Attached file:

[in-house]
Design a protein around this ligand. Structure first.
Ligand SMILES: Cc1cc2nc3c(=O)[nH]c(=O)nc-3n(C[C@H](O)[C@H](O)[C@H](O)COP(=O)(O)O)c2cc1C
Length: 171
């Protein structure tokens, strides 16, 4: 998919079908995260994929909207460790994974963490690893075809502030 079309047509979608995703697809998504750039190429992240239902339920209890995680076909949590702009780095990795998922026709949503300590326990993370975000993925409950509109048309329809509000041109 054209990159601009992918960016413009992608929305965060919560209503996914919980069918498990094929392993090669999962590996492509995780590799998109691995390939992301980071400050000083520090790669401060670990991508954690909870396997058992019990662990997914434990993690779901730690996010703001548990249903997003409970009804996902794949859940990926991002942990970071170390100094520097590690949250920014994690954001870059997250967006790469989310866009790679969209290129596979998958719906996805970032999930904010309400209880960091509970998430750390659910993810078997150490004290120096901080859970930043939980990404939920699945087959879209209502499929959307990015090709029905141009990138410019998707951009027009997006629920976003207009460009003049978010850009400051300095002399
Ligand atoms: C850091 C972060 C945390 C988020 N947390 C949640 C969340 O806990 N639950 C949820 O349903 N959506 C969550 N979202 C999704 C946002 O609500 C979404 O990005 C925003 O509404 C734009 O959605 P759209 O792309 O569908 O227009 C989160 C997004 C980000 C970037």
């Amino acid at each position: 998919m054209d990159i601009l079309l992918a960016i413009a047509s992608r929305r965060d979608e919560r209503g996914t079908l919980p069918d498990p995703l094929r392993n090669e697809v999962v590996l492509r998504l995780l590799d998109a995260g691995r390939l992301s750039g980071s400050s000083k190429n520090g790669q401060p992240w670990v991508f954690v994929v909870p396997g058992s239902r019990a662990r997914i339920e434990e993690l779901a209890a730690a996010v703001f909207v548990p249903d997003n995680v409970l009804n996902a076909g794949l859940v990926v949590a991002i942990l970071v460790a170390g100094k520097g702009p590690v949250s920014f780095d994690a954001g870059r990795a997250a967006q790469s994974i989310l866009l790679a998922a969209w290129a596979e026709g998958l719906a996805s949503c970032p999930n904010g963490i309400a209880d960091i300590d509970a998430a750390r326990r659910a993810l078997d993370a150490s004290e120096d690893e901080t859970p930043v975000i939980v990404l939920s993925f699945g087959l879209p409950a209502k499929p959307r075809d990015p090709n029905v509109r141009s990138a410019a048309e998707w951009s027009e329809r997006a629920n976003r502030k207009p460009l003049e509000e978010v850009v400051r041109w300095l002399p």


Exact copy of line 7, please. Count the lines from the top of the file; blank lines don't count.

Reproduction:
């Amino acid at each position: 998919m054209d990159i601009l079309l992918a960016i413009a047509s992608r929305r965060d979608e919560r209503g996914t079908l919980p069918d498990p995703l094929r392993n090669e697809v999962v590996l492509r998504l995780l590799d998109a995260g691995r390939l992301s750039g980071s400050s000083k190429n520090g790669q401060p992240w670990v991508f954690v994929v909870p396997g058992s239902r019990a662990r997914i339920e434990e993690l779901a209890a730690a996010v703001f909207v548990p249903d997003n995680v409970l009804n996902a076909g794949l859940v990926v949590a991002i942990l970071v460790a170390g100094k520097g702009p590690v949250s920014f780095d994690a954001g870059r990795a997250a967006q790469s994974i989310l866009l790679a998922a969209w290129a596979e026709g998958l719906a996805s949503c970032p999930n904010g963490i309400a209880d960091i300590d509970a998430a750390r326990r659910a993810l078997d993370a150490s004290e120096d690893e901080t859970p930043v975000i939980v990404l939920s993925f699945g087959l879209p409950a209502k499929p959307r075809d990015p090709n029905v509109r141009s990138a410019a048309e998707w951009s027009e329809r997006a629920n976003r502030k207009p460009l003049e509000e978010v850009v400051r041109w300095l002399p």